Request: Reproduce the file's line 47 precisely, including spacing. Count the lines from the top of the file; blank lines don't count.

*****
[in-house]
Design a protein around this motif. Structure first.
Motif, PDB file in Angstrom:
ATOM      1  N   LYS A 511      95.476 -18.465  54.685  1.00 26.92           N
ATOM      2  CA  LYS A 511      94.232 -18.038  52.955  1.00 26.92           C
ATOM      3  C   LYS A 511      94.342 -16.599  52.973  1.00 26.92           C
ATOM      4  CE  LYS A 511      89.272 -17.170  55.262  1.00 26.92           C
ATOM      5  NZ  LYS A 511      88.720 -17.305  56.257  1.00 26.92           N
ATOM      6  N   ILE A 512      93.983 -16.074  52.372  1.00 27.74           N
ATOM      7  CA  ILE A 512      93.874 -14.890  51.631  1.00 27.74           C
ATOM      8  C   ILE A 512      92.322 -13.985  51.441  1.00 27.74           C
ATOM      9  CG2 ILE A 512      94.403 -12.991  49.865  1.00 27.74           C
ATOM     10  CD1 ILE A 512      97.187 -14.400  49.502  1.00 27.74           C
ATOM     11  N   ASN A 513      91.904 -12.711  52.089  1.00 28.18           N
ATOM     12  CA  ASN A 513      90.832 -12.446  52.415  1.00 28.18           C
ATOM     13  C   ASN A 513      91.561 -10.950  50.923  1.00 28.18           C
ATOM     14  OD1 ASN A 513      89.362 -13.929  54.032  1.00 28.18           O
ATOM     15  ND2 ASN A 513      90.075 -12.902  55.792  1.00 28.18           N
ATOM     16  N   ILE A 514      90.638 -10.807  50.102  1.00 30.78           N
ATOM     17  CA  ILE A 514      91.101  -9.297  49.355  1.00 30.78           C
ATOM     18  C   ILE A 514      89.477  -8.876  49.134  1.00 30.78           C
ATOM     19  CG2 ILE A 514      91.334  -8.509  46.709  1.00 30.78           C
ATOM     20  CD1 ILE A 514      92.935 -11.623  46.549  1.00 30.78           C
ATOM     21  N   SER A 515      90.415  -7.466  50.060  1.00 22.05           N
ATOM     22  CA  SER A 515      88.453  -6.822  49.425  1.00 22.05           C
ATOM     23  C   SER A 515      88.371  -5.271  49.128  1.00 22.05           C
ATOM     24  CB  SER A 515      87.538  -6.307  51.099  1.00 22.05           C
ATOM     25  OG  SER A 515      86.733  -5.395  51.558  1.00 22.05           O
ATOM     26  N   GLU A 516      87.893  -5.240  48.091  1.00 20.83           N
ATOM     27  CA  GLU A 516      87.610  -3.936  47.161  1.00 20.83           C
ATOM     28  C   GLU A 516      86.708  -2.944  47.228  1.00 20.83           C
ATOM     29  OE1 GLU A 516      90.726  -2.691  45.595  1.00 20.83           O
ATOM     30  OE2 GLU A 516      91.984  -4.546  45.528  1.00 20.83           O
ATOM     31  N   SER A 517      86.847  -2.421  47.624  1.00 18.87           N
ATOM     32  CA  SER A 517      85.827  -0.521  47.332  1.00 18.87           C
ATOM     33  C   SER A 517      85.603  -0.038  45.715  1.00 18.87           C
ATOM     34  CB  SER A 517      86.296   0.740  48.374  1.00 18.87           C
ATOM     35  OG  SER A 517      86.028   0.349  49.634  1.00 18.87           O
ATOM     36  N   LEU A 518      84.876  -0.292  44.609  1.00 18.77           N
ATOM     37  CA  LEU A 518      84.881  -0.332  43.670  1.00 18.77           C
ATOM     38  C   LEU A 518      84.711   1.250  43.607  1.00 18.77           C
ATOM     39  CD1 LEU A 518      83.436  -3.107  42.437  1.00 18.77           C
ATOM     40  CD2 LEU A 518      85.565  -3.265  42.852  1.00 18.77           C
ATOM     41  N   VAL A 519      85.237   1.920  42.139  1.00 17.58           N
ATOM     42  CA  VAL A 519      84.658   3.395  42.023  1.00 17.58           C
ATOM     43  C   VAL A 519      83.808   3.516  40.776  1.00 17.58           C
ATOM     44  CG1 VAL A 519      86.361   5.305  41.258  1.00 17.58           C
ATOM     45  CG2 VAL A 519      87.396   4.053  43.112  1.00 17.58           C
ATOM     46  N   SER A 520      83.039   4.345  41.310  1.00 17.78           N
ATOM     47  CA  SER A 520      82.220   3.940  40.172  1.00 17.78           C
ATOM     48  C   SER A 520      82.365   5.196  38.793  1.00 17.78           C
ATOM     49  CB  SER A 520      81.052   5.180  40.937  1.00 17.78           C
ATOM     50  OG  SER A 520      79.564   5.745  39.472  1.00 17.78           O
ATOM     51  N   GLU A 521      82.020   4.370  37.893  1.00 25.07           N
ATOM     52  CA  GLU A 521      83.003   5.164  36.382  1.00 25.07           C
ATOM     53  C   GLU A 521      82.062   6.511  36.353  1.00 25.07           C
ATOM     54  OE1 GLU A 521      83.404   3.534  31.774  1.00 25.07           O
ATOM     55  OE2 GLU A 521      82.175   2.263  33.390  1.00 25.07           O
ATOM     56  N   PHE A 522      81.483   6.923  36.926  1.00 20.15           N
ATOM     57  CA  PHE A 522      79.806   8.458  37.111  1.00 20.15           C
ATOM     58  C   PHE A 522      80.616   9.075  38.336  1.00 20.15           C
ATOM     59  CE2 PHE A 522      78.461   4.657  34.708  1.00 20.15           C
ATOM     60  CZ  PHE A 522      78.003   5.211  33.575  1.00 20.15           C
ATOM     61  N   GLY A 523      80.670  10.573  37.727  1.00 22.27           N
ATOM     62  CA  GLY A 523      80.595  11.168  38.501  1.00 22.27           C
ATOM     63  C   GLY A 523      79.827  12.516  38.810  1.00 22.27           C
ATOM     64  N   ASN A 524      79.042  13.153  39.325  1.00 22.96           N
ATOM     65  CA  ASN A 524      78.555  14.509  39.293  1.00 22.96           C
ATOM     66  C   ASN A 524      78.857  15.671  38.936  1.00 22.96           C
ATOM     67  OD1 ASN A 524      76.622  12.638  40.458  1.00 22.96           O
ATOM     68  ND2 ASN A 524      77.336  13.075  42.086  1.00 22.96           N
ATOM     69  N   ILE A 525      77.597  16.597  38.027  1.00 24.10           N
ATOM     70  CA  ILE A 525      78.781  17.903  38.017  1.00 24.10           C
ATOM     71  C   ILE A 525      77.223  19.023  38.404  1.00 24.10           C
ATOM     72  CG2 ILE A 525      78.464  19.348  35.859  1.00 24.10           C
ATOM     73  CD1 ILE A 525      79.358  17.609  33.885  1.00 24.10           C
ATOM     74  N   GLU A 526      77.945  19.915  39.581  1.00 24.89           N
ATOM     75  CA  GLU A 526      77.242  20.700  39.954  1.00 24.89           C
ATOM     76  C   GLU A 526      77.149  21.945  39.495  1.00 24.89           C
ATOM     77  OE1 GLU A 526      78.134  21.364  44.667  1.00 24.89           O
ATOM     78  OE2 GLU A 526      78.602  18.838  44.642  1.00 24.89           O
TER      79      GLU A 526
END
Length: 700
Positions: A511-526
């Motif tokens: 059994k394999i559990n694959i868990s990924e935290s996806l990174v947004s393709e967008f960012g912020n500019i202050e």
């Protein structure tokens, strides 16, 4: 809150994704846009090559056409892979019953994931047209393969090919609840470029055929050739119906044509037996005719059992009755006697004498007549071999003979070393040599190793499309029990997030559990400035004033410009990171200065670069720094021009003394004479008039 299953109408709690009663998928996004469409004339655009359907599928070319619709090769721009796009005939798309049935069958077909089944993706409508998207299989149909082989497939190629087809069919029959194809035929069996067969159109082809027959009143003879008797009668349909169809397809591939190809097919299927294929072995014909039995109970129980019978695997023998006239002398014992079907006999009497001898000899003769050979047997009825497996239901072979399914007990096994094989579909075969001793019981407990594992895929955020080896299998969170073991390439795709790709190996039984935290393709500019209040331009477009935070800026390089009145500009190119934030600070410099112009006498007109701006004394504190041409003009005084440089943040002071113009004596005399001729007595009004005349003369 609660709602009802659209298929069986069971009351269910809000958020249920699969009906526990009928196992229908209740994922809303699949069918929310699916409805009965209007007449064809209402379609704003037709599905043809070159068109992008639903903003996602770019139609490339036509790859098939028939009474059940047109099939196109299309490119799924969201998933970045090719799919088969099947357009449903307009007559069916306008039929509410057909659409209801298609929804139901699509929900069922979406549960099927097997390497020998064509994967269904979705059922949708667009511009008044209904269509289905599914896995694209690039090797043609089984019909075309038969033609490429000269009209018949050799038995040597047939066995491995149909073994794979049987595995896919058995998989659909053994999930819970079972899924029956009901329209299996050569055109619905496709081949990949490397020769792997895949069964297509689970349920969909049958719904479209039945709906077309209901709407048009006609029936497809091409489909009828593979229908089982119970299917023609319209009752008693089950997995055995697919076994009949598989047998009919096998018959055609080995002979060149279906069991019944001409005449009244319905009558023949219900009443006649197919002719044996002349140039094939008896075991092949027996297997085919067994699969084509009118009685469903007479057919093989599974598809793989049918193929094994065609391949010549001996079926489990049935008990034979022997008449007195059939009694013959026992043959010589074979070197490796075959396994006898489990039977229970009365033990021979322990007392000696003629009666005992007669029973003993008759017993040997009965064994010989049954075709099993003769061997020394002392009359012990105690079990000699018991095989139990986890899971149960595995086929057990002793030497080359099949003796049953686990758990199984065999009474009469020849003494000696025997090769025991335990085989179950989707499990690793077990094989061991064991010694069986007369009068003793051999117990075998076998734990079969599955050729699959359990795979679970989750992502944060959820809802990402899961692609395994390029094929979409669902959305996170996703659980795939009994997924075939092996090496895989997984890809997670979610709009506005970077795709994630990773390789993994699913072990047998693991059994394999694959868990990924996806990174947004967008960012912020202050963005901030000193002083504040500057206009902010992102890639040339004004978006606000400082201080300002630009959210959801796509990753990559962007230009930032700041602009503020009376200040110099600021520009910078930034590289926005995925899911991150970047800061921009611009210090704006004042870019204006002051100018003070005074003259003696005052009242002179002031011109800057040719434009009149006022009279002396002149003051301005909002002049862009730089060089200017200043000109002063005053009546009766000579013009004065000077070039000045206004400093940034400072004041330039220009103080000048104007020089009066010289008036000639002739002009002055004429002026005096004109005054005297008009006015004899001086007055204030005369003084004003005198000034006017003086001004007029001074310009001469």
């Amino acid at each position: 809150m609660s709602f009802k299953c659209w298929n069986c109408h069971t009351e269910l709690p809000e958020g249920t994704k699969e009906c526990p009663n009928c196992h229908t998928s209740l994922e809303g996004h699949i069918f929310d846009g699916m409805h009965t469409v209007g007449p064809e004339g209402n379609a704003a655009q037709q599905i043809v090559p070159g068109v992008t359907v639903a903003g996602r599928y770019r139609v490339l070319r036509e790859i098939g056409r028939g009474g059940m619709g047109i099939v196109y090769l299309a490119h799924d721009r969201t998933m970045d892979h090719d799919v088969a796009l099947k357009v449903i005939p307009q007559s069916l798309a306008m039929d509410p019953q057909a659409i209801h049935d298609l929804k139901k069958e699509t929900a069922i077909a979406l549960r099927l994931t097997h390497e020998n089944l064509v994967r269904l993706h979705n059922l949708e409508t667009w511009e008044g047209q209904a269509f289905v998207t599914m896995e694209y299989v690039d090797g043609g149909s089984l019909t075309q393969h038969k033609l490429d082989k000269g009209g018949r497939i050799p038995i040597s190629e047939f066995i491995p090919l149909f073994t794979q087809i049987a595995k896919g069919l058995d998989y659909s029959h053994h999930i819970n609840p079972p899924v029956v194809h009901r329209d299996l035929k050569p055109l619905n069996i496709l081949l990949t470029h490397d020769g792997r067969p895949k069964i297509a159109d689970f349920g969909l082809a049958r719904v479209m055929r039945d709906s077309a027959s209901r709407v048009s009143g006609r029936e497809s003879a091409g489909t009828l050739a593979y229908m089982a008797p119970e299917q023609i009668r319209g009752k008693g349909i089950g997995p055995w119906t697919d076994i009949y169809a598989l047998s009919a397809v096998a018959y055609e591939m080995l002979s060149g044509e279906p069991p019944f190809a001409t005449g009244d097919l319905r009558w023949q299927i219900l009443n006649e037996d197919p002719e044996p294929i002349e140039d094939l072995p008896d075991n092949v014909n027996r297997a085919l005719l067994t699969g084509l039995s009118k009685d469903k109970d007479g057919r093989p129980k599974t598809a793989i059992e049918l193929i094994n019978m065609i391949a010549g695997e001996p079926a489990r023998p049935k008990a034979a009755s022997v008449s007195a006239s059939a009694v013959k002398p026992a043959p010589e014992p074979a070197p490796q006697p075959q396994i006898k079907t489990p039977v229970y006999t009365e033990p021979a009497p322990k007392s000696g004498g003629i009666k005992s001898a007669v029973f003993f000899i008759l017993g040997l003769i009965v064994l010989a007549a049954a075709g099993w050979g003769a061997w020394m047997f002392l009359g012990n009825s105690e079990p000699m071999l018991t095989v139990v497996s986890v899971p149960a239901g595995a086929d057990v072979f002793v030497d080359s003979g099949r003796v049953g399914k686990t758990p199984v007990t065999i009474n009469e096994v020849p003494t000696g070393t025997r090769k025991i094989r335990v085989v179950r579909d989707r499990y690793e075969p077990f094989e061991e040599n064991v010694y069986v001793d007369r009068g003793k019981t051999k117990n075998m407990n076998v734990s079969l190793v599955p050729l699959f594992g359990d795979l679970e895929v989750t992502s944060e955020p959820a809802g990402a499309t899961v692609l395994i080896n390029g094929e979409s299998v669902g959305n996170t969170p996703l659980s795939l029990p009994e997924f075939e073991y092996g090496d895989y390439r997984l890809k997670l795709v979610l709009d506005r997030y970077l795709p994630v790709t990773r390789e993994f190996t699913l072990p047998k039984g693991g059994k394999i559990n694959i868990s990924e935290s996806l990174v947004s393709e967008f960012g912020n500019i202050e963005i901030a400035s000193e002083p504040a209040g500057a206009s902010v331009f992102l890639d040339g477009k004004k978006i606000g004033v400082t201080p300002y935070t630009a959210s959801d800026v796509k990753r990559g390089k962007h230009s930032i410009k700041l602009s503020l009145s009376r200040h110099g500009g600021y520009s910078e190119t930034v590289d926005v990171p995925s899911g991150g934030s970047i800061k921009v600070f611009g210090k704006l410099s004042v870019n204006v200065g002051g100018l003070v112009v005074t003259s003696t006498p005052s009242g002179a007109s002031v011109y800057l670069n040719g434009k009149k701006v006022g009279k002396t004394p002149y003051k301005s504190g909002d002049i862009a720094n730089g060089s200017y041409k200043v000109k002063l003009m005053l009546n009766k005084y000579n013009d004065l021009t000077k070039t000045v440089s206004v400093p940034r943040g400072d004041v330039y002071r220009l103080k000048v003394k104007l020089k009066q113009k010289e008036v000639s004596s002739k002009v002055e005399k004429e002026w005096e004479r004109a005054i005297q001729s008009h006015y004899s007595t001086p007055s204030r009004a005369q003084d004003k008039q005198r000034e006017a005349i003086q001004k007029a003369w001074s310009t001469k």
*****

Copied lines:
ATOM     44  CG1 VAL A 519      86.361   5.305  41.258  1.00 17.58           C